Leadership skills are to a project manager as claws are to a lion: yeah, you could maybe survive in the jungle without them for some time, but you will be severely disadvantaged, and catch less antelope or water buffalo, living a miserable existence with your ribs sticking out.
If you are reading this article, you are probably either an inexperienced, brand new project manager who was promoted from lower-level staff, or a PM that has been struggling with operations. Don’t worry, we will go over the four leadership skills you need in order to succeed in your role.
We’ve all been there, where you might have staff that seem not to care about your project, or are not heeding your directions, no matter how many times you tell them. We’ve all heard someone sarcastically mutter the phrase “you’re the boss” after you correct them, and they happen to disagree with your approach. But, you know what?
They are right. You are the boss.
Tag along in this post and we’ll make sure that you have the skills in place to be a top-notch project manager, one that your team is responsive towards and eager to work for.
As seen above, in case you had any doubts, it is no longer a secret that project management leads to a high-performing organization. So, what project management skills do you need to possess as a PM?
1. Excellent interpersonal communication skills
The first skill we need to discuss, which takes precedence above all else (you could hypothetically get away with ignoring most of the following skills if you just master this one), is an adept skill in interpersonal communication with your team.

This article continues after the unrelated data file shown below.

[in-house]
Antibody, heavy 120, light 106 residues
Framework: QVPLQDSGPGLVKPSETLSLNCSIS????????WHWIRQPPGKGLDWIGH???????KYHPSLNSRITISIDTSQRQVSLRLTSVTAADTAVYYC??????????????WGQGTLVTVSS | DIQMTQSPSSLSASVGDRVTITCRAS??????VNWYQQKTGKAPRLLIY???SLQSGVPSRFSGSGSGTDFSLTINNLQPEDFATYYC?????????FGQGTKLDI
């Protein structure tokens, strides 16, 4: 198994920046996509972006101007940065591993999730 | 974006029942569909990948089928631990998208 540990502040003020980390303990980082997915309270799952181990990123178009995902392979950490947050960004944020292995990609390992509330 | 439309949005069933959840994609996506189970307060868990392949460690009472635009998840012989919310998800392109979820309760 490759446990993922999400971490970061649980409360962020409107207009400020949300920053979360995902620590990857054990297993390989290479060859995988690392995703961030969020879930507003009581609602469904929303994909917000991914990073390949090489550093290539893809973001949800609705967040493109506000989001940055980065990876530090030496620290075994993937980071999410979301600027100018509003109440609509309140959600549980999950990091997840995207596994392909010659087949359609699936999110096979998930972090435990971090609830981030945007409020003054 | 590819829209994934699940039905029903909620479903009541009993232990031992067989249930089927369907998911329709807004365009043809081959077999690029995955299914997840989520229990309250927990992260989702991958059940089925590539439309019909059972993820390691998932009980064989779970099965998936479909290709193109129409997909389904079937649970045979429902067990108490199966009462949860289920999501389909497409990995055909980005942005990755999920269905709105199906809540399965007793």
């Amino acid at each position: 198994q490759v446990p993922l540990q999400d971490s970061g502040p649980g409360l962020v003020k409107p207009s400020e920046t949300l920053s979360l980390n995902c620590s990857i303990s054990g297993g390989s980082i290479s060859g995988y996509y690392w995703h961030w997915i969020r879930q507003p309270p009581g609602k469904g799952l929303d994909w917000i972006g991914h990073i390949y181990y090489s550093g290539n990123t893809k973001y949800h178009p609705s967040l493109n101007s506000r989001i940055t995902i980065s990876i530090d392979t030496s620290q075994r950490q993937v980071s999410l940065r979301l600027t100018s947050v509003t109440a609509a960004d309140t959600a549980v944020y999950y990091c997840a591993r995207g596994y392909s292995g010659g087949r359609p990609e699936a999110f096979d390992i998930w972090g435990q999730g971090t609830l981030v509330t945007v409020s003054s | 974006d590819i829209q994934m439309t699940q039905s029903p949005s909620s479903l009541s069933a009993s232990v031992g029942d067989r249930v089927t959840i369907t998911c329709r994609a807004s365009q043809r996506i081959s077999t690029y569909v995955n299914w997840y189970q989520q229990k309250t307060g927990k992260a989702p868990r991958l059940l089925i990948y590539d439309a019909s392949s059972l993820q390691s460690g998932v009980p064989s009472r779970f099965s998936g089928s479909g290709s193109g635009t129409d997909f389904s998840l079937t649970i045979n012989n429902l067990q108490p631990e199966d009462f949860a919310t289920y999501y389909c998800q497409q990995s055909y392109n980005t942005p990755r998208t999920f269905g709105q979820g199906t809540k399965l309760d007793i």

All PM experts agree that without being skilled in interpersonal communications your project is likely doomed. As a project manager, a whopping 90% of your job is communicating with your team. Think about that: 90%.
Leaders must lead their teams. Communication is necessary for teams to foster creativity, solve problems, and have an overall transparent and open approach to sharing ideas. So, if you combine those two notions, then it is a vital responsibility for managers to demonstrate the effectiveness of interpersonal communication.
Your team isn’t just going to do it on their own. Managers lead by example, through demonstrating that certain practices bring tangible, beneficial results for all parties involved, at all levels in a project.
So, we have established that leadership needs to come from the top down, but how do you go about communicating how to effectively communicate to your team?
Easy. The first step is to be open and direct in your communications, and be consistent at every level. Each person is unique, but each member of the team, whether your CEO or a fresh hire, deserves the same level of respect in your choice of language and attentiveness.
Interpersonal communication skills need to be thoughtfully and consistently executed in every mode of project communication, such as:
1. Verbal communication
3. Phone calls
4. PM software platforms
When your team notices your impeccable methods for communicating with each member, including upper-level management, they will follow suit, and not be afraid to ask questions when they run into a problem or are confused. This is turn will save you highly valued time on avoiding mistakes that would otherwise happen if they hadn’t asked “Hey, how do I do XYZ?”
When your project team is effectively interpersonally communicating, everyone who shares in the collective success of the project will complete tasks faster, and your executives will take notice and buy you a bottle of Johnnie Walker Blue for doing a great job. Well, maybe, but in any case, the project runs smoothly when staff follows their leader in mimicking their communication methods.